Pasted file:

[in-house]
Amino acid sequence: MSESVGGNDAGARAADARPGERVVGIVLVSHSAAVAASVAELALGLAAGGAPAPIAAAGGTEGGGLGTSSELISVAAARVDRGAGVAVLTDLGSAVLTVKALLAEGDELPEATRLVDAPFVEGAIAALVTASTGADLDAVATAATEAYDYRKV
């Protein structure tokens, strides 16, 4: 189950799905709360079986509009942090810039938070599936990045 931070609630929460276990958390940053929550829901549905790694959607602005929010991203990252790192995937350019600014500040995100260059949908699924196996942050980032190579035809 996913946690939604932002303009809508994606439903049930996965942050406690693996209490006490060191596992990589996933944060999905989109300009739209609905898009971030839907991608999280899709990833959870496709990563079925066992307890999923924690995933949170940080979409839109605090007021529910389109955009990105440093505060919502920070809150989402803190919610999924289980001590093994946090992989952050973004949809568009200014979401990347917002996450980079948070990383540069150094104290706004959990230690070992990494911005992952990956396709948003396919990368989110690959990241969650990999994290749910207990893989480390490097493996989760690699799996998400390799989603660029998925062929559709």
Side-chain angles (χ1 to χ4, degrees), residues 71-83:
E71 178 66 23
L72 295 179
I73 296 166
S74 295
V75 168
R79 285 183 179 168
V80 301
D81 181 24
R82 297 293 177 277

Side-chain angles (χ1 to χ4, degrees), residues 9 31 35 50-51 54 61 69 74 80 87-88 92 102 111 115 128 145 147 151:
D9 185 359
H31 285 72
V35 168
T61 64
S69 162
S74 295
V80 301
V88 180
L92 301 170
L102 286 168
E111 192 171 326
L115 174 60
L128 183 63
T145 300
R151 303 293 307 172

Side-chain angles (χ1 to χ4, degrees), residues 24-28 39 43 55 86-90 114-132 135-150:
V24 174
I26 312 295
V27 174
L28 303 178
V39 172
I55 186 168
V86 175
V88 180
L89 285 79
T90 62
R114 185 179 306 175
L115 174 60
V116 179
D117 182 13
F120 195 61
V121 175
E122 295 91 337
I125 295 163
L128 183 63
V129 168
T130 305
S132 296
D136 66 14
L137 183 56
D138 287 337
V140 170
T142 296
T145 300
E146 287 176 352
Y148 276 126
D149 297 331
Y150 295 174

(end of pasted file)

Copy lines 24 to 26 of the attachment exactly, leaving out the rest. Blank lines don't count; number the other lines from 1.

L102 286 168
E111 192 171 326
L115 174 60